From the start, the two were never well-suited on a personal level, says a U.S. intelligence official who attended meetings that included both men. Bolton had taken over from the stiff, process-oriented General H. R. McMaster, who had in turn taken the reins from Trump’s ill-fated first NSC chief, Michael Flynn. Bolton was less inclined than either to be deferential. “Bolton was an ideologue who sought to advance a world view,” says David Rothkopf, author of Running the World: The Inside Story of the National Security Council and the Architects of American Power. “Whereas Trump is a Trumpist—all about himself all the time, and very impulsive. It was a marriage that was doomed before the vows were spoken.”
The fact that the two men never clicked personally made Bolton’s influence during his time as National Security Advisor all the more remarkable. Bolton was most powerful when he was working issues that Trump wasn’t invested in or paying much attention to. Bolton, along with the allies he placed throughout the State Department and national-security establishment, was able to run U.S. policy on Venezuela, bringing U.S. sanctions and international pressure to bear against Maduro.
But over time, Trump grew to trust Secretary of State Mike Pompeo over Bolton. “The breach between Bolton and Pompeo kept growing, and Pompeo and his team took advantage of that, promoting the reports that Bolton’s star was falling,” the senior U.S. official said. “Bolton thought Pompeo’s top priority was not getting crosswise with the President because that might hurt his political ambitions.”
Pompeo allies were relieved to see Bolton go. Bolton had been “undermining the president constantly,” on both his outreach to North Korea and to the Taliban, a senior administration official in Pompeo’s camp says. Seeing an opportunity to sideline his opponent, Pompeo increasingly cut him out of the details of ongoing Afghan negotiations.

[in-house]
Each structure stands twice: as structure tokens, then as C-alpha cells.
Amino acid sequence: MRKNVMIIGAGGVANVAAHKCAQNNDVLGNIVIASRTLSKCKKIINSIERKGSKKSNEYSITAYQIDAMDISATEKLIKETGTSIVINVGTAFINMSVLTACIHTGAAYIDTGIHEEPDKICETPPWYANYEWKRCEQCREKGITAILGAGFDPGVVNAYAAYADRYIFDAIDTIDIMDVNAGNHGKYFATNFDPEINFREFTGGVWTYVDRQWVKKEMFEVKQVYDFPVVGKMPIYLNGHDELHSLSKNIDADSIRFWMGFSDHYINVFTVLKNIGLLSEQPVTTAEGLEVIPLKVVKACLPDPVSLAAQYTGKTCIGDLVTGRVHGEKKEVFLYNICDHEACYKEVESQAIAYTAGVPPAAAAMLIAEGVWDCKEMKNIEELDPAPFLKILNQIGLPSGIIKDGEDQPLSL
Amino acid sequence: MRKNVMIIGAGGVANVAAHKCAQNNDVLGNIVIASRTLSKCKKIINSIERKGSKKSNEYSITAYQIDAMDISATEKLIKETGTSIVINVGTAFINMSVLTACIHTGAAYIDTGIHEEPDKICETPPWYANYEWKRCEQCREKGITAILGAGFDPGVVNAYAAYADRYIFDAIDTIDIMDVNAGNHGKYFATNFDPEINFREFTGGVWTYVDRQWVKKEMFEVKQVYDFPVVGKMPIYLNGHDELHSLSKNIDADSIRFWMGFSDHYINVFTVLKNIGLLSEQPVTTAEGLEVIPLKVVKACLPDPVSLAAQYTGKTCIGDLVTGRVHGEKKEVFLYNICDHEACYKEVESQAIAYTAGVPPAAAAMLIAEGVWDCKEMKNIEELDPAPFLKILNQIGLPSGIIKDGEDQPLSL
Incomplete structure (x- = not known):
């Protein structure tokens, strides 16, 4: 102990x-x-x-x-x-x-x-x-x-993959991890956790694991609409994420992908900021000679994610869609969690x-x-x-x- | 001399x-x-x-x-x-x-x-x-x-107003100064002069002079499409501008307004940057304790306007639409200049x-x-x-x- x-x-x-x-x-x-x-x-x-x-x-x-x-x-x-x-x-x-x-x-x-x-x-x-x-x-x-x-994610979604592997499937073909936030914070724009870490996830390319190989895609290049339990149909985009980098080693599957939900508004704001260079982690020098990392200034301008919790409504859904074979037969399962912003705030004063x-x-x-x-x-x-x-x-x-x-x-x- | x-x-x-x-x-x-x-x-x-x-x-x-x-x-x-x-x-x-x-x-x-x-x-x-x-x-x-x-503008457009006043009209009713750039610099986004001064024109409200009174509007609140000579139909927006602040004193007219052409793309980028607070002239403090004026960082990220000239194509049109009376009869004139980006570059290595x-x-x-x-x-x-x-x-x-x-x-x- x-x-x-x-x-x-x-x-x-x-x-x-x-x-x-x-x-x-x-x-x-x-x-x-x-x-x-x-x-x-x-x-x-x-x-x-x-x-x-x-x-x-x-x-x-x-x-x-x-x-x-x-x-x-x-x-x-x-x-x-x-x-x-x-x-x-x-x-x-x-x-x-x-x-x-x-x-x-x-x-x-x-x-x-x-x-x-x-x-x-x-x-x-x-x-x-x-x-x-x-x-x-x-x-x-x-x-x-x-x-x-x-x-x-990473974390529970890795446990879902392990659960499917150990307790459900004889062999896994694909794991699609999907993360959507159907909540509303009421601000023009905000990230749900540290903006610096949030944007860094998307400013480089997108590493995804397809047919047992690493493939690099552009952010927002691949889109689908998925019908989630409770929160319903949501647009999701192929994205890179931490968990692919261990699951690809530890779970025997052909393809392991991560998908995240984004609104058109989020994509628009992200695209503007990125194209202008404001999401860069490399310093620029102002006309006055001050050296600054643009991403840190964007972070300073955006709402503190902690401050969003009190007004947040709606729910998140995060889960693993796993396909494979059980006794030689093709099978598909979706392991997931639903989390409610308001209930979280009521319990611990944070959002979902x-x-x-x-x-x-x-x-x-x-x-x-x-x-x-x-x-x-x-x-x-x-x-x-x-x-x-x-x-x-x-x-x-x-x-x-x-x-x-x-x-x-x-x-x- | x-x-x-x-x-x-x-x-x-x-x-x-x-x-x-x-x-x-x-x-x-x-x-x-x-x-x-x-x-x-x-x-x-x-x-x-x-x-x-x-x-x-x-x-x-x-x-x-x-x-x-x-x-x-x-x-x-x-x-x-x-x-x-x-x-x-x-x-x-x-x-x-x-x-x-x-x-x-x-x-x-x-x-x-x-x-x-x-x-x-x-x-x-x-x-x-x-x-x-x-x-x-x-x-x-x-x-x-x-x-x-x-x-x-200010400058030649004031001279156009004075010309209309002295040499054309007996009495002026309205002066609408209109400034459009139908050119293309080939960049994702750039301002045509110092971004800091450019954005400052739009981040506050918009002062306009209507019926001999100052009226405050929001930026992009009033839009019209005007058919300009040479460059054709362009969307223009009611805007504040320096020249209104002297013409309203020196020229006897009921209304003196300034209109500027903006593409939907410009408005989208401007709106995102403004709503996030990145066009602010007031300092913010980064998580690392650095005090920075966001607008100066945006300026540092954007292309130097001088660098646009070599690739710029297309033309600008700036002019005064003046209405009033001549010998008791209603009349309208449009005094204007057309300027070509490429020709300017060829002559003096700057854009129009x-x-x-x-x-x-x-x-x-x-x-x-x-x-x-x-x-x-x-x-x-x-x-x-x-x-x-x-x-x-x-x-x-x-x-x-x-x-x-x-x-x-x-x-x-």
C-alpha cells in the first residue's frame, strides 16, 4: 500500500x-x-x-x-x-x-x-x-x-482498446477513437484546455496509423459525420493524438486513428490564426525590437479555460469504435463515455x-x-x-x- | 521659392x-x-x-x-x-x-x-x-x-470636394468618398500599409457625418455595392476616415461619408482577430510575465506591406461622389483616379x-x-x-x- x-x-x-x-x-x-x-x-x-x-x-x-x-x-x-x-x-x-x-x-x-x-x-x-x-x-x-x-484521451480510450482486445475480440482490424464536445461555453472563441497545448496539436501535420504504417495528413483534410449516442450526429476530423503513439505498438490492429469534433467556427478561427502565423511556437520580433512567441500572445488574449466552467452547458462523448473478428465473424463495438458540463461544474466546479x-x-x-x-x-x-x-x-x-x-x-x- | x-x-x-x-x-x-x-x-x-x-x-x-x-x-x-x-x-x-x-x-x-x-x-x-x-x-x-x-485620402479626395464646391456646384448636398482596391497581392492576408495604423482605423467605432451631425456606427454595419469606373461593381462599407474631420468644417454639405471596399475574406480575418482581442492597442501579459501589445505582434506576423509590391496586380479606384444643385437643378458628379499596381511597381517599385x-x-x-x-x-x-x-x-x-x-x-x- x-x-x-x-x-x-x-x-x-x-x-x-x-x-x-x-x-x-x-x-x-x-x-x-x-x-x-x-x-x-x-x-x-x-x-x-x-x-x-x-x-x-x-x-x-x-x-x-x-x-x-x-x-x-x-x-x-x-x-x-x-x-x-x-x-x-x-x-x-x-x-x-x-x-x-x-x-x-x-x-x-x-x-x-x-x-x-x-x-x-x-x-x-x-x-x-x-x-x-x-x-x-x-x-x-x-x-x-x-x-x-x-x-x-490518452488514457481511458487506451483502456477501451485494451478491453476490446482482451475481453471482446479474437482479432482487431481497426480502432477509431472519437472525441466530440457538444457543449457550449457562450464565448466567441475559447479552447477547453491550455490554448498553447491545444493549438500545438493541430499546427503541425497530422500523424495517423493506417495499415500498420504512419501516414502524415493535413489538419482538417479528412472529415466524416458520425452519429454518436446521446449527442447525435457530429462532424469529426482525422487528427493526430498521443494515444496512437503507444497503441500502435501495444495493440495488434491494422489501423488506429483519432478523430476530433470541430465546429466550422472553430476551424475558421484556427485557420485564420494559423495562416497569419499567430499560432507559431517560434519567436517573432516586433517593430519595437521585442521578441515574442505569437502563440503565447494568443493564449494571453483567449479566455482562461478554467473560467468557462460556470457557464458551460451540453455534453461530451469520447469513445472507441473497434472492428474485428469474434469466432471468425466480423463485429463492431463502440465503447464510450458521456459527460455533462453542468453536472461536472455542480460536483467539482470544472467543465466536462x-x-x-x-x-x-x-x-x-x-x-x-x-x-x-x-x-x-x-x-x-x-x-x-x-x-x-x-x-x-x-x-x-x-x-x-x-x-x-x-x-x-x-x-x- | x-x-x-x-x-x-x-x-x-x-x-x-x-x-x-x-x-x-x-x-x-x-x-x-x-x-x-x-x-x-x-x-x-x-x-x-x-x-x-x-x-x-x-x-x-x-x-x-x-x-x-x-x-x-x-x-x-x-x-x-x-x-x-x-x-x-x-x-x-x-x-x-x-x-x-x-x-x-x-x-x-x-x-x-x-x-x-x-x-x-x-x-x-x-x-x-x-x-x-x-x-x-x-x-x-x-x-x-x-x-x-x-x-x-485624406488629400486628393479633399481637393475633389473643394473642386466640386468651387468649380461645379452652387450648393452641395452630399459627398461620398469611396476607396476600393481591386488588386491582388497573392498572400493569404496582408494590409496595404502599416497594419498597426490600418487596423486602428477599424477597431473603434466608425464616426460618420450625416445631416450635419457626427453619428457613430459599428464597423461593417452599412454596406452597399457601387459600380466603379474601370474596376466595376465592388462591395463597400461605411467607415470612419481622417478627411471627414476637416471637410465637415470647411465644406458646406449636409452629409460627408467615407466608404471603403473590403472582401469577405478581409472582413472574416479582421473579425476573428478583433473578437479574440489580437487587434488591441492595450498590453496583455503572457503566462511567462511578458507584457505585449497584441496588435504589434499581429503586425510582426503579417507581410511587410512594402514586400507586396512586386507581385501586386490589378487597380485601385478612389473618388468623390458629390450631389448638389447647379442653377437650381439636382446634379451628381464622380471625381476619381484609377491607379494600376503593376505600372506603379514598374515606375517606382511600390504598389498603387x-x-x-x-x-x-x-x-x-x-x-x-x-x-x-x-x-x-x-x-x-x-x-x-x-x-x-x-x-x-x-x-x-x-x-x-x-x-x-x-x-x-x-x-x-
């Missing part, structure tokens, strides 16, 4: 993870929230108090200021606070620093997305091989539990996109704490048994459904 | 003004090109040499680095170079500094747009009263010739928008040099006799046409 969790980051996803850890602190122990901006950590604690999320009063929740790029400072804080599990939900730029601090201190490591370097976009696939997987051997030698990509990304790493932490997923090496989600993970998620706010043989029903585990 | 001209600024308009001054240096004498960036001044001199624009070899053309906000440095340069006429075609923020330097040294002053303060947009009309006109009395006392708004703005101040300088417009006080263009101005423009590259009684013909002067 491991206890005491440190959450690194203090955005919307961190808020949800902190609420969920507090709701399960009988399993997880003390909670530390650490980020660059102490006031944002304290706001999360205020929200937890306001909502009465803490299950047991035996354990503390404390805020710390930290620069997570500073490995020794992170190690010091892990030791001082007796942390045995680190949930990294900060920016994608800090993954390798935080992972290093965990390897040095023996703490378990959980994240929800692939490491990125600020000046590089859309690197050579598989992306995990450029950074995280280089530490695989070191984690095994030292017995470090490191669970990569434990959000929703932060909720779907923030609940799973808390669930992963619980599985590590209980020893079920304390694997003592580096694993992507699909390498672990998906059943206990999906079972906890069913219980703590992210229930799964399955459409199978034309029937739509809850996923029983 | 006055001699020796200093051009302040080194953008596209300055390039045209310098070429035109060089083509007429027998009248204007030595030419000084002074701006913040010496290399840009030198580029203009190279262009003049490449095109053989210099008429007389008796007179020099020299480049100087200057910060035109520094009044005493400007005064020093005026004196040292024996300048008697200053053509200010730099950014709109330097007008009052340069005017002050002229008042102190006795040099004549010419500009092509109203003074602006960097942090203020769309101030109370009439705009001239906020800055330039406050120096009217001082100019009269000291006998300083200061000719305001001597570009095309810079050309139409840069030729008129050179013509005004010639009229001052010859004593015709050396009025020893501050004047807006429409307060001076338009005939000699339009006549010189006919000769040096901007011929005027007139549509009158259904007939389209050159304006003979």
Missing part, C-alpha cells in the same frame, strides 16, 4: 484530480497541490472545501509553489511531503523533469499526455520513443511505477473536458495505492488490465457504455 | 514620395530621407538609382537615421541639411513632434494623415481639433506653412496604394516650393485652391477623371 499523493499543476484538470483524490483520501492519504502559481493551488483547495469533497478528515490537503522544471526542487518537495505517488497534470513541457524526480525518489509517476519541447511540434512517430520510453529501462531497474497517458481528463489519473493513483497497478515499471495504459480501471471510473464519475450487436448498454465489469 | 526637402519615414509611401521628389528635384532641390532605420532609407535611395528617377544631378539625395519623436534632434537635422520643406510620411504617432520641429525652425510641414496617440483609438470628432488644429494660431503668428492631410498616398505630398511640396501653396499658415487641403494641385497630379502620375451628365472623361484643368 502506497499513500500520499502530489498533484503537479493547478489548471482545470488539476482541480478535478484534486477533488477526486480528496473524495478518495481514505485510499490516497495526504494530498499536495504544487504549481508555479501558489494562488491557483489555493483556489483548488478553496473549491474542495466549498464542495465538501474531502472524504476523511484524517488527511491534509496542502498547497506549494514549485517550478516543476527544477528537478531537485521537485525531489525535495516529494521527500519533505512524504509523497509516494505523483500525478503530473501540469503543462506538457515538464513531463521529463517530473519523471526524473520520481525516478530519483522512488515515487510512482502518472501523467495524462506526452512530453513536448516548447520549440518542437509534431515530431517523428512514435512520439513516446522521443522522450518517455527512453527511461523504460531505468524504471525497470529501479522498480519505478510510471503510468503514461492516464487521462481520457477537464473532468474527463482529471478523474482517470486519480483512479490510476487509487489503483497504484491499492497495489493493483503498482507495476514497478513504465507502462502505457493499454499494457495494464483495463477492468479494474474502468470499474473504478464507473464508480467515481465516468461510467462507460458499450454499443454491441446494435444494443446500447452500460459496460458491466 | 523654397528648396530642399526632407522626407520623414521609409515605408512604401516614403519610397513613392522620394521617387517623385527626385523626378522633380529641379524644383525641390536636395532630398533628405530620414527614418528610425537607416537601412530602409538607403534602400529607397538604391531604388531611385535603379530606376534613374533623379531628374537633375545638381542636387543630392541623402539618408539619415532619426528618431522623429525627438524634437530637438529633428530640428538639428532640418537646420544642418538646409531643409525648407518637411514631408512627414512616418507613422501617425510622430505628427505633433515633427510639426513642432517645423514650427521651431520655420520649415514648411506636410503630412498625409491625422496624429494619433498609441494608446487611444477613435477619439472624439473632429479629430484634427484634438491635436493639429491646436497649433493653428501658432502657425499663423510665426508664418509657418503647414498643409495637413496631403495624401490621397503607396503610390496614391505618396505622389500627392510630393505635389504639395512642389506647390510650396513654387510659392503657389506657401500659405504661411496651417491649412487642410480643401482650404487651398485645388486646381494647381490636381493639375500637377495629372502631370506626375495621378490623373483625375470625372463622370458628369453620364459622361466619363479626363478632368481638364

At the same time, Pompeo worked to coordinated interagency cooperation with the newly-confirmed Defense Secretary Mark Esper, a long-time Pompeo ally, and CIA chief Gina Haspel, Pompeo’s former deputy, the official added.
By the end, Bolton had reached his limit. “Bolton was screaming about the Taliban meeting,” says a national-security expert with close ties to White House officials. Bolton thought a meeting on U.S. soil would legitimize the Taliban and considered it tone deaf to schedule the summit so close to the anniversary of the Sept. 11, 2001 attacks. The meeting was Trump’s idea, and he bristled that Bolton objected to it internally, this expert and other officials say.
Trump had already tired of Bolton’s hard-line ideas on Iran and Bolton’s internal revulsion to Trump’s stated willingness to meet with Rouhani, the expert says. While the Taliban Camp David meeting collapsed, Trump remains open to meeting Rouhani in New York later this month, and preliminary planning is already underway in case such a meeting comes through, according to a U.S. official familiar with the discussions.
Ultimately, Trump began to feel that Bolton was too far out of step with his instinct to meet with Iranian leaders, the official said. Internally, Bolton was ready to acquiesce to the meeting, but insisted that sanctions should continue to ramp up. As recently as Sept. 4, Bolton tweeted about new actions to block Iran’s oil shipments that generate cash for the Iranian Revolutionary Guard Corps and Iran’s support for armed proxy groups in the Middle East, according to a U.S. official familiar with the discussions.
Trump critics see the development as another sign of disorder in the President’s foreign-policy operation. “Protecting our country is about more than egos and who will deliver splashy summits,” says Brett Bruen, a former NSC official for President Barack Obama. “We desperately lack stability and strategy in our national security. This is dangerous and destabilizing for the United States and our allies, as our adversaries are able to exploit the constant trouble, turbulence, and transitions of this administration.
“While I may not agree with John on much, he attempted to apply a discipline and consistency to Trump’s erratic foreign policy moves,” Bruen says. “It is likely we will see a return to even greater extemporaneous diplomacy. While certainly more radical than most National Security Advisors, world leaders felt like he represented more of a rational actor than Pompeo’s sycophantic style. They will sorely miss him, as he was what counts for a brake on some of Trump’s more dangerous tendencies.”
That point underscores one consistent truth about the Trump presidency, agreed upon by critics and allies alike. Asked where Bolton’s departure leaves U.S. foreign policy, officials who spoke to TIME under the condition of anonymity had the same answer: where it’s always been, in Trump’s hands.
—With reporting by Tessa Berenson, Vera Bergengruen, Kim Dozier, W.J. Hennigan and John Walcott